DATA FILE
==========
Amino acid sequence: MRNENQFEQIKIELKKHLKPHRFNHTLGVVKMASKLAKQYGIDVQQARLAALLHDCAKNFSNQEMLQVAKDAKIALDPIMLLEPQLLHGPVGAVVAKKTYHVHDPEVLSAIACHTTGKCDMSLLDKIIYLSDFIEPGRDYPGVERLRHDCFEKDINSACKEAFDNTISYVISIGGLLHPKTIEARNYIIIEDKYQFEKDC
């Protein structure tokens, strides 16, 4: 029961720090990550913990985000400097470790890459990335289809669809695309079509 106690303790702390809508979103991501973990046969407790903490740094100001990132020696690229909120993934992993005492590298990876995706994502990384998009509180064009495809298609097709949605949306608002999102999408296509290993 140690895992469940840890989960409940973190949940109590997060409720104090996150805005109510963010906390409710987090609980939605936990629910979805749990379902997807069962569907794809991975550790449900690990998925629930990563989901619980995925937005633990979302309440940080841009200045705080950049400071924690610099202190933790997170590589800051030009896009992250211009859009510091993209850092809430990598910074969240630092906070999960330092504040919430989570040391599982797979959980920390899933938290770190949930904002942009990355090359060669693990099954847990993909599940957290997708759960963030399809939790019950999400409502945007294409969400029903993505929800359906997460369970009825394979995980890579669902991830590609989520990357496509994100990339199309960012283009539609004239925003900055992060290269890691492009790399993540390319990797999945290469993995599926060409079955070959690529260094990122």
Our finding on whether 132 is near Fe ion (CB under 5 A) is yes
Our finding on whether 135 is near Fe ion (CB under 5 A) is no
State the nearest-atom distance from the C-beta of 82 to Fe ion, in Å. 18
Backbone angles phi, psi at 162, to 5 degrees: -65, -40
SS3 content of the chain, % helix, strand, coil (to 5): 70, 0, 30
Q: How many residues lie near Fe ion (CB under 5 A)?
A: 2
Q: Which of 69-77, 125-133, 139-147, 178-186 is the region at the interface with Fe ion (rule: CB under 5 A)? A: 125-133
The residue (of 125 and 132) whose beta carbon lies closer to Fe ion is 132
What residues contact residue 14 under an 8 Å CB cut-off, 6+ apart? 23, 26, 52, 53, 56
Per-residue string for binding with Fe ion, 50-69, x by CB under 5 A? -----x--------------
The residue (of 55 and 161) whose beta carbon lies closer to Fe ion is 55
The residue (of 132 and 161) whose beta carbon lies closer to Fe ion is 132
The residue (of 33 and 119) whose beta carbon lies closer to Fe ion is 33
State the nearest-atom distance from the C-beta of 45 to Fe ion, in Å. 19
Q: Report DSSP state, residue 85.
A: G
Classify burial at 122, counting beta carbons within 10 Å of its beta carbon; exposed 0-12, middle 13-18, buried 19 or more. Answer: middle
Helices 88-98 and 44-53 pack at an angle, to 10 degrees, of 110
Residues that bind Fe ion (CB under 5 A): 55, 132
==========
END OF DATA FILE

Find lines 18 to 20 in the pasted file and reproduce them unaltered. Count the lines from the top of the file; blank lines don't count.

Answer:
Q: Report DSSP state, residue 85.
A: G
Classify burial at 122, counting beta carbons within 10 Å of its beta carbon; exposed 0-12, middle 13-18, buried 19 or more. Answer: middle